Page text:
The COVID-19 pandemic has impacted film festivals and similar events across the globe. Fortunately, some events will still hold in-person festivals and online film viewings for movie goers.
Systems and Safety
Children champion tree planting as hundreds of people grapple with acute water scarcity in Bunambutye landslides resettlement villages amidst the fight against the novel coronavirus in Uganda.
In the fall of 2018, Bill Kirner feared he could take his own life if he didn't make a drastic change. A year and a half later, he shares how far he has come since seeking out treatment.
Adham Hassoun had completed a 15-year sentence in the United States on terrorism-related charges. Unable to deport him, the government sought to keep him in open-ended custody.
The Obama administration ran into a wall of political opposition when it tried to close Guantánamo Prison. The former vice president rarely brings up the topic and has yet to draw up a strategy but says he shares the goal.
A St. Louis reporter reflects on his personal connection to the 63106 Project, a reporting series covering one of the most disadvantaged communities in Louisiana.
As the coronavirus spreads, soaring demand for oxygen is bringing out a stark global truth: Even the right to breathe depends on money. In much of the world, oxygen is expensive and hard to get.
North Carolina has recently boosted its efforts to study and prepare for climate change while some say that work to address rising sea levels had begun years earlier.
The largest state relief program for undocumented immigrants has $500 debit cards reserved for approximately 3,000 San Francisco residents — but getting one of those cards is proving to be difficult.
Gateway Journalism Review's spring 2020 issue, The 1857 Project, explores the history of race in the Land of Dred Scott.
At one Virginia jail, the Helping Addicts Recover Permanently (HARP) program has improved inmates' lives. Tera Crowder is one of them.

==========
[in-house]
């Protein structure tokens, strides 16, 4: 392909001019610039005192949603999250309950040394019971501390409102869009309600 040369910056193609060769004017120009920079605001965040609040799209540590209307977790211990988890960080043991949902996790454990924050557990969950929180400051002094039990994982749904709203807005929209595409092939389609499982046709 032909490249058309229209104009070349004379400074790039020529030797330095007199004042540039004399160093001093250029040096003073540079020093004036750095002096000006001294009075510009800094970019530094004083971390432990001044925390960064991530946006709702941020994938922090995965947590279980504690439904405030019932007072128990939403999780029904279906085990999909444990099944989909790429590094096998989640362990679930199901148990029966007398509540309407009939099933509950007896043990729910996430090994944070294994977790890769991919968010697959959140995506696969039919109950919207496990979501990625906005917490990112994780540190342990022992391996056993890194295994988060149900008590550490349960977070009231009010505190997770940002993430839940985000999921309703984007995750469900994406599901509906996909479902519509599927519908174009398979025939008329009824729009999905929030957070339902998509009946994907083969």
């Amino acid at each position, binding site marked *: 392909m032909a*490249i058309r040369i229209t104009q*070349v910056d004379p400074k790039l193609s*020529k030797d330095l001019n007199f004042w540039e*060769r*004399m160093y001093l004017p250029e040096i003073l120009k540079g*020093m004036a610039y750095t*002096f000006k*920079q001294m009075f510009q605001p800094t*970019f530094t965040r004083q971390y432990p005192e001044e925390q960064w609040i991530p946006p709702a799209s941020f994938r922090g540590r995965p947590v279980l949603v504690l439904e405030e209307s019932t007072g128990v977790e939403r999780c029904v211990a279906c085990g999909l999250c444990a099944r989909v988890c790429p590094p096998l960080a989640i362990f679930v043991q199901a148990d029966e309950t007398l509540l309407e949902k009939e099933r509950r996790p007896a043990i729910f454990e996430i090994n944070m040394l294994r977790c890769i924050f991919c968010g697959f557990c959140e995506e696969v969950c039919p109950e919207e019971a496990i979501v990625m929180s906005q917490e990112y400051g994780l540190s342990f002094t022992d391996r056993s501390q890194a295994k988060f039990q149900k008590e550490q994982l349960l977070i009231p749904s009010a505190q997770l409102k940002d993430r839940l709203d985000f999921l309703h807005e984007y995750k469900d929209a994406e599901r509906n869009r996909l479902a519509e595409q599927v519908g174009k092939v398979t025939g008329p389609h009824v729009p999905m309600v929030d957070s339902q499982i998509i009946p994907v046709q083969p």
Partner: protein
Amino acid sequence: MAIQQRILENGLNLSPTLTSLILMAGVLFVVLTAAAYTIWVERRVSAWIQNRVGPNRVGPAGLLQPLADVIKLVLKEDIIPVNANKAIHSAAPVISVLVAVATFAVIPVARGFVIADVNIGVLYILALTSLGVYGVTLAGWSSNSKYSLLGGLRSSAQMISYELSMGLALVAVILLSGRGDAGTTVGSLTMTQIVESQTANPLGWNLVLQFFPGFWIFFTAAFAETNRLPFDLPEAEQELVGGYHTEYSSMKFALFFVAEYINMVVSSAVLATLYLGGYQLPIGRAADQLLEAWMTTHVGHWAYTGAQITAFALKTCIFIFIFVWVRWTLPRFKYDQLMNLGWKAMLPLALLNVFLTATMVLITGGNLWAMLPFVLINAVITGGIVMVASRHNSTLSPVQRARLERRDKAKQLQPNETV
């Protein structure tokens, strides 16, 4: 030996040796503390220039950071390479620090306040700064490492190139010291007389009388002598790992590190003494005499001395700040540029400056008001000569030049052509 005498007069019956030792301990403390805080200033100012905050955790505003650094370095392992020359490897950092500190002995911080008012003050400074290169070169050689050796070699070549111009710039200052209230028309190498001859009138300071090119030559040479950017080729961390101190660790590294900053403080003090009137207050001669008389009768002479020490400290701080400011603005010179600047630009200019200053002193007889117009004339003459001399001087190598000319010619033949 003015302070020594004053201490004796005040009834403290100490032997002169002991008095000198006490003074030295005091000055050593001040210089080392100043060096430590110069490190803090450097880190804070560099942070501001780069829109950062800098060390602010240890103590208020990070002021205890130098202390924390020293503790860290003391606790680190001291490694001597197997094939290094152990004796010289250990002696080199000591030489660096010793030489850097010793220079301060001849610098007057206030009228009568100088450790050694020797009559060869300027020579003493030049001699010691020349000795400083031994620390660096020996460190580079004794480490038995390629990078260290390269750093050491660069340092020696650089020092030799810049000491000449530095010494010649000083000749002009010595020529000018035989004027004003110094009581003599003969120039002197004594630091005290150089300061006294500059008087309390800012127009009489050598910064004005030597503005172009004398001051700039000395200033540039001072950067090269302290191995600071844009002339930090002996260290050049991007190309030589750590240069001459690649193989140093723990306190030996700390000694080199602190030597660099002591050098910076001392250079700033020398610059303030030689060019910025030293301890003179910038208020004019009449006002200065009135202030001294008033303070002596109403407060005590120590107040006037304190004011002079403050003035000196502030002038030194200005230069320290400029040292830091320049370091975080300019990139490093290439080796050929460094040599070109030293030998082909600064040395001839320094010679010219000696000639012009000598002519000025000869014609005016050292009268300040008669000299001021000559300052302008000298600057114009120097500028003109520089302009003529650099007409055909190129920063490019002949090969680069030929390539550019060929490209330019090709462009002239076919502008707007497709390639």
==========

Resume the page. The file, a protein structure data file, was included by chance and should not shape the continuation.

The emergency service received 1,179 reports of deaths from possible COVID-19 patients in the first two months of the epidemic, a much larger figure than what the Ministry of Health officially reports.
The 1857 Project tells the story of race in St. Louis, Missouri, and Illinois. The 1857 Dred Scott decision denying blacks humanity and the 1858 Lincoln-Douglas debates were the prelude to Civil War.
Italy, a country whose history is rife with pandemics and once the center of the novel coronavirus outbreak in Europe, offers harsh lessons in containment, testing, and economic salvation.
Land rights have always been a tricky issue in Bengal, and women are at the risk of losing their land rights because of illiteracy. However, technology has been helping them to maintain land ownership.
As the world tries to contain COVID-19 pandemic, how are already-vulnerable and water-scarce communities in Nile River basin containing the disease while ensuring local economies do not collapse?
Sabrina Shankman reports on the growing fears of residents in South Portland, Maine, as they try to solve a mystery: Are the fumes manating from storage tanks of the nation's easternmost oil port harming their kids?
The Los Angeles Times is profiling victims in California of the COVID-19 pandemic, both to memorialize them and better understand the virus.